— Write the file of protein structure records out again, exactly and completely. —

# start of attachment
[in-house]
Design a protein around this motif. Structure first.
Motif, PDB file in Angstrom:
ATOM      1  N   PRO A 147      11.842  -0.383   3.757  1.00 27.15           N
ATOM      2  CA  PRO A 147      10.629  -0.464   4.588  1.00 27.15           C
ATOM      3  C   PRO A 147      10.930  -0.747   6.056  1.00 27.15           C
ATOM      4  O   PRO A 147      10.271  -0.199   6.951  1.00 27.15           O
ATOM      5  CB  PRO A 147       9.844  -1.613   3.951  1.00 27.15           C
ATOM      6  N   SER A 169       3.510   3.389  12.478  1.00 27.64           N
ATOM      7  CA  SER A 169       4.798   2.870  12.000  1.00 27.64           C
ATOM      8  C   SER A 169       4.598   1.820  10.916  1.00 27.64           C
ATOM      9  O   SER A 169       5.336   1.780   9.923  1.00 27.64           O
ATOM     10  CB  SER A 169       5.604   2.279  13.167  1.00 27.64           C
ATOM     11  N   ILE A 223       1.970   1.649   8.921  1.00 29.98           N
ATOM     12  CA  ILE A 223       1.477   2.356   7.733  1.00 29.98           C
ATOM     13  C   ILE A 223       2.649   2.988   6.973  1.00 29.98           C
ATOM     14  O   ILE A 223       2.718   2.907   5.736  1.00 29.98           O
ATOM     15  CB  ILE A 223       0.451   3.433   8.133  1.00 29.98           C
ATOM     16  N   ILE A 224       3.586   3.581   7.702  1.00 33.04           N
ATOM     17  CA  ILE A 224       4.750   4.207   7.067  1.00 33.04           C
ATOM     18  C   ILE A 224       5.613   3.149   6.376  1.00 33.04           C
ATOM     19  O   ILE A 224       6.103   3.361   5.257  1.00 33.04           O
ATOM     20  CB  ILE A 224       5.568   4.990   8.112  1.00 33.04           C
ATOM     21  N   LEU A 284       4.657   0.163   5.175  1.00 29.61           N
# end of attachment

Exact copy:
[in-house]
Design a protein around this motif. Structure first.
Motif, PDB file in Angstrom:
ATOM      1  N   PRO A 147      11.842  -0.383   3.757  1.00 27.15           N
ATOM      2  CA  PRO A 147      10.629  -0.464   4.588  1.00 27.15           C
ATOM      3  C   PRO A 147      10.930  -0.747   6.056  1.00 27.15           C
ATOM      4  O   PRO A 147      10.271  -0.199   6.951  1.00 27.15           O
ATOM      5  CB  PRO A 147       9.844  -1.613   3.951  1.00 27.15           C
ATOM      6  N   SER A 169       3.510   3.389  12.478  1.00 27.64           N
ATOM      7  CA  SER A 169       4.798   2.870  12.000  1.00 27.64           C
ATOM      8  C   SER A 169       4.598   1.820  10.916  1.00 27.64           C
ATOM      9  O   SER A 169       5.336   1.780   9.923  1.00 27.64           O
ATOM     10  CB  SER A 169       5.604   2.279  13.167  1.00 27.64           C
ATOM     11  N   ILE A 223       1.970   1.649   8.921  1.00 29.98           N
ATOM     12  CA  ILE A 223       1.477   2.356   7.733  1.00 29.98           C
ATOM     13  C   ILE A 223       2.649   2.988   6.973  1.00 29.98           C
ATOM     14  O   ILE A 223       2.718   2.907   5.736  1.00 29.98           O
ATOM     15  CB  ILE A 223       0.451   3.433   8.133  1.00 29.98           C
ATOM     16  N   ILE A 224       3.586   3.581   7.702  1.00 33.04           N
ATOM     17  CA  ILE A 224       4.750   4.207   7.067  1.00 33.04           C
ATOM     18  C   ILE A 224       5.613   3.149   6.376  1.00 33.04           C
ATOM     19  O   ILE A 224       6.103   3.361   5.257  1.00 33.04           O
ATOM     20  CB  ILE A 224       5.568   4.990   8.112  1.00 33.04           C
ATOM     21  N   LEU A 284       4.657   0.163   5.175  1.00 29.61           N